We know that these things are not incomprehensible. Samuel Tredwell Sawyer knew the horrors of slavery, risked his life in the Confederate Army to defend it, and yet enslaved his own children.
Hagar has been here before, wandering in the desert, facing death for herself and her child. Now, her water has run out. Her child is surely going to die. She can’t bear to watch, so she puts him under a bush, in some shade, to die of thirst where she does not have to see. When I think of her grief, I think of every mother who has no water for a child. I think of women today in Syria and Yemen today as they prepare their own children for starvation.
But remember—God told Hagar to name the boy God hears and, indeed, God hears his cries. Just as God saw Hagar, God hears Ishmael. In this, Hagar has the assurance that God loves her and her son. And God tells Hagar to do what I am sure she wanted to do but cannot hope will work: Go, hold his hand, lift him up. God gives her the courage and confidence to care for him.
When she obeys, the Scripture tells us in Genesis 21:19 that her eyes are opened and she sees a well. Of course, this is important, most obviously, because their water has run out; now, they can drink again and are saved. But it’s also important it orients Hagar. She recognizes the well as a landmark, and it points her in the direction she wants to go. Alone, without the protection of a relationship to an adult male, she finds a way for herself and her son. He grows into an athletic archer, and she finds a wife for him from Egypt—her homeland. This indicates that she has the status and the ability and the money to secure for him a good life. He goes on to have many children.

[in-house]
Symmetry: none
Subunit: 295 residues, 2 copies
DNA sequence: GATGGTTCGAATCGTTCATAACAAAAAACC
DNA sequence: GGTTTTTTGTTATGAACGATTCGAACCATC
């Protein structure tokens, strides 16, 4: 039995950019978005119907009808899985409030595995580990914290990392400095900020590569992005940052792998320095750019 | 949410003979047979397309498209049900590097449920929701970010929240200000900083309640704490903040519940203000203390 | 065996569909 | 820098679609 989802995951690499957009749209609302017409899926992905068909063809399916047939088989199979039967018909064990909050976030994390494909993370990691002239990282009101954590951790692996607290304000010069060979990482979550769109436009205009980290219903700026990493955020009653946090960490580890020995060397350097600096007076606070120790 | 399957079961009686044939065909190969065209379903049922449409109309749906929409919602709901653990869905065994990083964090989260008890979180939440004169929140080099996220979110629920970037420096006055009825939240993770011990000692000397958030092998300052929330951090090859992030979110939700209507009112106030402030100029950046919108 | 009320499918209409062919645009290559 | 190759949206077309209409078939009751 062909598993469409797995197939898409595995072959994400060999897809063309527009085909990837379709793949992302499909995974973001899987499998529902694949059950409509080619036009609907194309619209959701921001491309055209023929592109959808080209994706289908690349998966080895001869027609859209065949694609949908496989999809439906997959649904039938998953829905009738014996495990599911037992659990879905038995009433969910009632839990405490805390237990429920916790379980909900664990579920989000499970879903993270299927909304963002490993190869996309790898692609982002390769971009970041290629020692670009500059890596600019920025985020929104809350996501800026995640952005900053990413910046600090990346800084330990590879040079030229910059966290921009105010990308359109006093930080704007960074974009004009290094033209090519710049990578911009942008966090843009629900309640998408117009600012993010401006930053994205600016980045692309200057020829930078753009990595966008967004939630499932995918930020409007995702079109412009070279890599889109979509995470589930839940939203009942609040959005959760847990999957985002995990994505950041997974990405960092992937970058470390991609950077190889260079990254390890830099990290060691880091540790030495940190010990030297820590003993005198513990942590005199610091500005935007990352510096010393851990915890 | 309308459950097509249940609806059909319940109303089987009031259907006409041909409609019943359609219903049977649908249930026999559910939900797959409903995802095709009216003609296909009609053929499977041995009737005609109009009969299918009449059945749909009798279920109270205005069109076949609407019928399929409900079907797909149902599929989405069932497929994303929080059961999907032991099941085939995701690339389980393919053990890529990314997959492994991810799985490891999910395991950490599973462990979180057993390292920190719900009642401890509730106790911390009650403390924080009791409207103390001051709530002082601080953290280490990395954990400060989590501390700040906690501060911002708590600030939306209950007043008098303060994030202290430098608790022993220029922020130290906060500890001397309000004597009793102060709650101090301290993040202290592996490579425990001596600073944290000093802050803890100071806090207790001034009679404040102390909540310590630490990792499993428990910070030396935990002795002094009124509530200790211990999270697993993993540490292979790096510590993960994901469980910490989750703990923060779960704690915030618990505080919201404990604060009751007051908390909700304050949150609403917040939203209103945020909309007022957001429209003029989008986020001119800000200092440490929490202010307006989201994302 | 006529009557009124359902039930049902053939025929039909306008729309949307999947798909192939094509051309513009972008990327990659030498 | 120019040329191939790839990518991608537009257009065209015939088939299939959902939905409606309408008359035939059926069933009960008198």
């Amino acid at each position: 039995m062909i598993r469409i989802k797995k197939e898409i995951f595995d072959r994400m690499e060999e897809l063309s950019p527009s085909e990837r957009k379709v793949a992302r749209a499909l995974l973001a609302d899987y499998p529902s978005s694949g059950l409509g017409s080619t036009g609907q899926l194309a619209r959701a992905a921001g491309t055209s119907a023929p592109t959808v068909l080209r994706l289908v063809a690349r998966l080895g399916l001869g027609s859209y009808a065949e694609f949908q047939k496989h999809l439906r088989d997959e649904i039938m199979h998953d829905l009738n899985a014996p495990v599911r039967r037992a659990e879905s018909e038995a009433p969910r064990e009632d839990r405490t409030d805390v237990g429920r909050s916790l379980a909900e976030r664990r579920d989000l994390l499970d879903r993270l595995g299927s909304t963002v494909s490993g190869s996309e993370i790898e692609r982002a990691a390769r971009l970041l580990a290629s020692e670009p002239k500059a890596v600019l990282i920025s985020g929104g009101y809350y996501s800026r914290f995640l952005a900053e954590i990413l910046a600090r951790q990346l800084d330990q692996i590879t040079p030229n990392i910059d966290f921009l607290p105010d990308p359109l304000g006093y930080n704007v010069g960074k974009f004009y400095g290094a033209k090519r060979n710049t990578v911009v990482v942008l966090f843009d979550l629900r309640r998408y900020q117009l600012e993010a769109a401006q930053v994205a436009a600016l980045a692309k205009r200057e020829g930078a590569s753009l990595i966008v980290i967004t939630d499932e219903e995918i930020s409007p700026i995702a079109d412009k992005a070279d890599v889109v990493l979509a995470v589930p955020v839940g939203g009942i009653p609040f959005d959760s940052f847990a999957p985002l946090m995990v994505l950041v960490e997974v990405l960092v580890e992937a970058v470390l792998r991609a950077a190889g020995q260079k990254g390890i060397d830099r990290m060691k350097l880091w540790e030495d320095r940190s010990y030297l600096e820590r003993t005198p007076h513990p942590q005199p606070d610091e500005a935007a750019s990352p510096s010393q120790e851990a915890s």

All of this is part of a happy ending for Hagar, and I am glad for her. She has grandchildren more than she can count and a place in Jewish, Christian, and especially in Muslim history, where she is honored as a matriarch of the faith. She goes from a woman whose name is only her status as a slave to a woman whose faith and intimacy with God we can see as a model. Because of her, we meet a God who sees and a God who hears.